will follow. a claim many economists were quick to ridicule but whether they ridicule or not, if you understand basic economics, it's the other way around. when visiting a clean coal lab and rec perry said this, this is the future, he did not realize that lab was going to lose much of their budget under rick perry -- >> the administration has got to stop making these claims. we're fracking a little bit more because the price of oil stabilized and it's going up. that has been the issue. as we're fracking more, a lot of these jobs that fall under the bureau of labor statistics of mining and logging, they are gas jobs, oil jobs. i don't know why they keep saying this. there are only 50,000 mining jobs in total. by the way, those aren't coal min miners, the people who mine are only a portion, 15,000. thgs a crazy thing and they keep doing it. >> one of the reasons to say the president is an extraordinary
salesman, he became president of the united states but those coal miners who want their jobs back and want wages increases, want health care, they need to jobs much like people -- >> they know if you're a coal miner you know 45,000 jobs were not created since the trump administration began. >> coming up next, more on the full obamacare repeal. it's in the works right now. if it goes through, what's it going to cost you? we'll speak with tammy baldwin. ns now at this cartoon from the repealing the earlier plans to repeal and replace in favor of just repealing then replacing later. you get the idea. >> here's the idea, it's only elephants in the picture. they just need to do it together. they are on the same team. stay with us. noo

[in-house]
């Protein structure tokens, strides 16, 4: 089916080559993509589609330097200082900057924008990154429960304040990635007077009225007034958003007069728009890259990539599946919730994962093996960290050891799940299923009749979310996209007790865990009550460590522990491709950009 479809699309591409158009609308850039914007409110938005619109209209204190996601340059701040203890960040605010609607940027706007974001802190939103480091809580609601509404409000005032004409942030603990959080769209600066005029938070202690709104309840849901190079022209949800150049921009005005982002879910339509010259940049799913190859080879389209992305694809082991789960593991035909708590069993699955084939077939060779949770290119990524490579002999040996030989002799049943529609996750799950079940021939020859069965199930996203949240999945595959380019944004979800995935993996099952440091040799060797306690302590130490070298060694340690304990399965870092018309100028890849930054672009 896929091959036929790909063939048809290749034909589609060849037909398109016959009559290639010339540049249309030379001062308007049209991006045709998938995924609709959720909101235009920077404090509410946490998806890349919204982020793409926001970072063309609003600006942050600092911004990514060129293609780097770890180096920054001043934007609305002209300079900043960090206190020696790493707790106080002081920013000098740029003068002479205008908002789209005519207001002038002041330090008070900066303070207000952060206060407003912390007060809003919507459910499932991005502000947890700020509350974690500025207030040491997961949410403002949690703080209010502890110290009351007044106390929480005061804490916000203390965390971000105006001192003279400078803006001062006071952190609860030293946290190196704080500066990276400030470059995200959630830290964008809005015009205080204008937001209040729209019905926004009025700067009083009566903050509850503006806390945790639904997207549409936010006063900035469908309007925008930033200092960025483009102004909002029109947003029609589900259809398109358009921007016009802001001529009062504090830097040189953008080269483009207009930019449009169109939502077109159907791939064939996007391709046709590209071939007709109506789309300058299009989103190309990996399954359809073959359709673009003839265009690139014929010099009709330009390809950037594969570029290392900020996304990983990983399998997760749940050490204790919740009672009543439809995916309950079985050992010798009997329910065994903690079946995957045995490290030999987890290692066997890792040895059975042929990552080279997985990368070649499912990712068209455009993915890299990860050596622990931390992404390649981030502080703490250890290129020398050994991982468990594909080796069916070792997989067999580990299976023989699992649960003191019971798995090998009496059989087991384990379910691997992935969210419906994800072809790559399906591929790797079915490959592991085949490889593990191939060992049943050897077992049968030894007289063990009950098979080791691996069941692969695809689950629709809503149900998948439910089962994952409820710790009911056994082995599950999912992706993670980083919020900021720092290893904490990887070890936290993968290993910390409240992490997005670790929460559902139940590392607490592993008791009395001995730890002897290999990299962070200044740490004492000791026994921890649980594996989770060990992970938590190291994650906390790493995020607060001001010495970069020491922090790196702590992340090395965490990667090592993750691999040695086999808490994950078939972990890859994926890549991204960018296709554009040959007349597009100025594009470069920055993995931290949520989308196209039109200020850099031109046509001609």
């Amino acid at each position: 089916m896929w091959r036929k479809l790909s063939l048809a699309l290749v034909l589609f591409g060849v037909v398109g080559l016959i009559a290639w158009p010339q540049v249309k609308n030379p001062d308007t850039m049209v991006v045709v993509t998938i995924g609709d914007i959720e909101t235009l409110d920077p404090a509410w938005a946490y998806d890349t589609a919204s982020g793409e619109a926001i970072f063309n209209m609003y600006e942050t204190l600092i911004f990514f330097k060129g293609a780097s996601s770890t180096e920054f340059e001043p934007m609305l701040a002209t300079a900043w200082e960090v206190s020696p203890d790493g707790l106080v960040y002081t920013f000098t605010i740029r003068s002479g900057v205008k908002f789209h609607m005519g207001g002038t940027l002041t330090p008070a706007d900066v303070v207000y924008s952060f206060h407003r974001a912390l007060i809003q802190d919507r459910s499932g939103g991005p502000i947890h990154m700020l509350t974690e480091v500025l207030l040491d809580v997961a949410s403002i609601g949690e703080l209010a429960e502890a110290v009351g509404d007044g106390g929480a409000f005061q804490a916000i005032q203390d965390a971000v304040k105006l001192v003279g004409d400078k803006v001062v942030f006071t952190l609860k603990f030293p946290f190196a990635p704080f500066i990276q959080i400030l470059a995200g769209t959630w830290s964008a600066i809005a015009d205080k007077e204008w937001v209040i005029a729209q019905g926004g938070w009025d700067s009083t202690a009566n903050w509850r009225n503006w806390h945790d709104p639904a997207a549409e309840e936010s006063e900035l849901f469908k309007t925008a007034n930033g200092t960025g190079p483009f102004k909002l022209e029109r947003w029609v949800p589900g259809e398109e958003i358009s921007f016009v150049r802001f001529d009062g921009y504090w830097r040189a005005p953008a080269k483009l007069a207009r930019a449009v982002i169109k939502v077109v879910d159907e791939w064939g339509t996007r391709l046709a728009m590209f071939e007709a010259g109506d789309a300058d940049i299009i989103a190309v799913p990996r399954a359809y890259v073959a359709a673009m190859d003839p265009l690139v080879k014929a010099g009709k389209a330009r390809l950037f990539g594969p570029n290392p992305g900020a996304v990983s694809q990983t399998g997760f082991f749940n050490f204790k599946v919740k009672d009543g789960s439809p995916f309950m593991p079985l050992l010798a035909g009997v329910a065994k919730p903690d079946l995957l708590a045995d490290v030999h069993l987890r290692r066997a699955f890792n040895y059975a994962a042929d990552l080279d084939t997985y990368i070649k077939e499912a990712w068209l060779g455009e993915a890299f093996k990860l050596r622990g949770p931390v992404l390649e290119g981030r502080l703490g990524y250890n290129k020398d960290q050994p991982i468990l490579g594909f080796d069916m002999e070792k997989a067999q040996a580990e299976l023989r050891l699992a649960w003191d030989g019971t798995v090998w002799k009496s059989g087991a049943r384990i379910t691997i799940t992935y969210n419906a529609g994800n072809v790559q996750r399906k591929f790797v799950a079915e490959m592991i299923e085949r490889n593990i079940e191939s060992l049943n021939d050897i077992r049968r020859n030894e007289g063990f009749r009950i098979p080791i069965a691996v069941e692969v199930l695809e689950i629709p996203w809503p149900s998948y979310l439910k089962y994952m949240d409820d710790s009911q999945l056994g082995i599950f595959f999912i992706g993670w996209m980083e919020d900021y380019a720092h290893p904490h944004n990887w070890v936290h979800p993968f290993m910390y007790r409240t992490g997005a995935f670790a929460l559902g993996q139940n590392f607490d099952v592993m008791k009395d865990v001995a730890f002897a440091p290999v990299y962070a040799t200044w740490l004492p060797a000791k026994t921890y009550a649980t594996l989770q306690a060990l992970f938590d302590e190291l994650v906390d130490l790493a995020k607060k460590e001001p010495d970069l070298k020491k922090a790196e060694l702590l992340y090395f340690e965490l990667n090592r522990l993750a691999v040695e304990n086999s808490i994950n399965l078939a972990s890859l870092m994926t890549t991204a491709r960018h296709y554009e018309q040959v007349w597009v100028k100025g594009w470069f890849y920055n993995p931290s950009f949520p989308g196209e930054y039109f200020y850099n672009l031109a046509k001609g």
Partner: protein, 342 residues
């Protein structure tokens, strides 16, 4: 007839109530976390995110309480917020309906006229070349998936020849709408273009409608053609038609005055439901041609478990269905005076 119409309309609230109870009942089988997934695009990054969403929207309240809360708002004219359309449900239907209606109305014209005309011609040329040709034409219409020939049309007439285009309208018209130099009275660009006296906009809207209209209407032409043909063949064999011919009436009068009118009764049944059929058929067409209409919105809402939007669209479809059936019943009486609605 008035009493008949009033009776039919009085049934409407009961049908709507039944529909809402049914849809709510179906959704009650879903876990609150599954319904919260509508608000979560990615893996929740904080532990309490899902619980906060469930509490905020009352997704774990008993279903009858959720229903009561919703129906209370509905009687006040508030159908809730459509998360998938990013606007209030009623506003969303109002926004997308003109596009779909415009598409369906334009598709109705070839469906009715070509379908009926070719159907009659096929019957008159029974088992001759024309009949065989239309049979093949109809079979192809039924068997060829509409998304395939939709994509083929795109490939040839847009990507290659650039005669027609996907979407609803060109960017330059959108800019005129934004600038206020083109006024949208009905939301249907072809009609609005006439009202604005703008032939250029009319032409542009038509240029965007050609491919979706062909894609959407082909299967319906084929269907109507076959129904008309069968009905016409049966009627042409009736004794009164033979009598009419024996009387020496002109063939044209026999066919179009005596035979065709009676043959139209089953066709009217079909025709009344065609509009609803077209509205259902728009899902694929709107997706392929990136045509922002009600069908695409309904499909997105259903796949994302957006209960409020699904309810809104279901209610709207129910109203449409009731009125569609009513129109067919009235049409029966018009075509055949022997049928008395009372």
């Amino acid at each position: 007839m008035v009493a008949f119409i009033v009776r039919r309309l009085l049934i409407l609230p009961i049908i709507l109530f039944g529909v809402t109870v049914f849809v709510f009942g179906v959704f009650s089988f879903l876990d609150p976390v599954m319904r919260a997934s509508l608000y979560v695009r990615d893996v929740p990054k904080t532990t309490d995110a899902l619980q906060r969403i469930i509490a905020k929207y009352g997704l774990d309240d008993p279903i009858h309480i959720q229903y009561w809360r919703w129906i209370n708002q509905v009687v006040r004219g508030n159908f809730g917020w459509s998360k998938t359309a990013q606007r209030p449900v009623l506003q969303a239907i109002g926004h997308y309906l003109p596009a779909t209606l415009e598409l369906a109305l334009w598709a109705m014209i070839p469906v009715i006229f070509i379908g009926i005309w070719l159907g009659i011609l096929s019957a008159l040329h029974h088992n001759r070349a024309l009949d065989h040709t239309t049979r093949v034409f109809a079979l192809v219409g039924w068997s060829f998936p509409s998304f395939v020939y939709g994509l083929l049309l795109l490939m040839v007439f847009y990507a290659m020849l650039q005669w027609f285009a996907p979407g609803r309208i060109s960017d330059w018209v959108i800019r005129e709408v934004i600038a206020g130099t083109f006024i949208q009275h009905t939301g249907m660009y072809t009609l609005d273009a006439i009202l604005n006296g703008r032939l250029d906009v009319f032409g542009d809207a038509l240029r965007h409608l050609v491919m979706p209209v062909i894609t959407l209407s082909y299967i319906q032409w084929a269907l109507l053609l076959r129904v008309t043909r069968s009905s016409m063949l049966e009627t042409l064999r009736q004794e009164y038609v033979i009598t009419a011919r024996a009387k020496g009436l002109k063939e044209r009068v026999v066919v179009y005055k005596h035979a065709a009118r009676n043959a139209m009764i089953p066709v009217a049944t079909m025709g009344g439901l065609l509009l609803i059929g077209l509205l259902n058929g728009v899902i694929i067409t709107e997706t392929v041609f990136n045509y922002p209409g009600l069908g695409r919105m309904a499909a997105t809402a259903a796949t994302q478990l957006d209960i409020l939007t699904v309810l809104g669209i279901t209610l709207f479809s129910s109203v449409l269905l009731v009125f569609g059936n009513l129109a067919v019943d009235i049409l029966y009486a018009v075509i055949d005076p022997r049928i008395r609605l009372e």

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that's right for you. (vo) living with ammonia odor? not a pretty picture. (vo) luckily, tidy cats lightweight with new ammonia blocker tackles tough odor, even ammonia. so long stankface! (vo) ammonia like that? there's a tidy cats for that. welcome back to "velshi & ruhle." here are the top stories we're watching right now. wall street reacting to the collapse of the senate health care bill and tepid earnings. the dow is down nearly 100 points. think about it, if they want tax reform, they need health care sfwl a russian official says there's almost a deal with the trump administration for the return of two diplomatic compounds in the united states. we thought we would show you an unrelated picture of a woman to add emphasis. russia's deputy foreign minister responded he left a meeting at the state department yesterday and president obama ordered the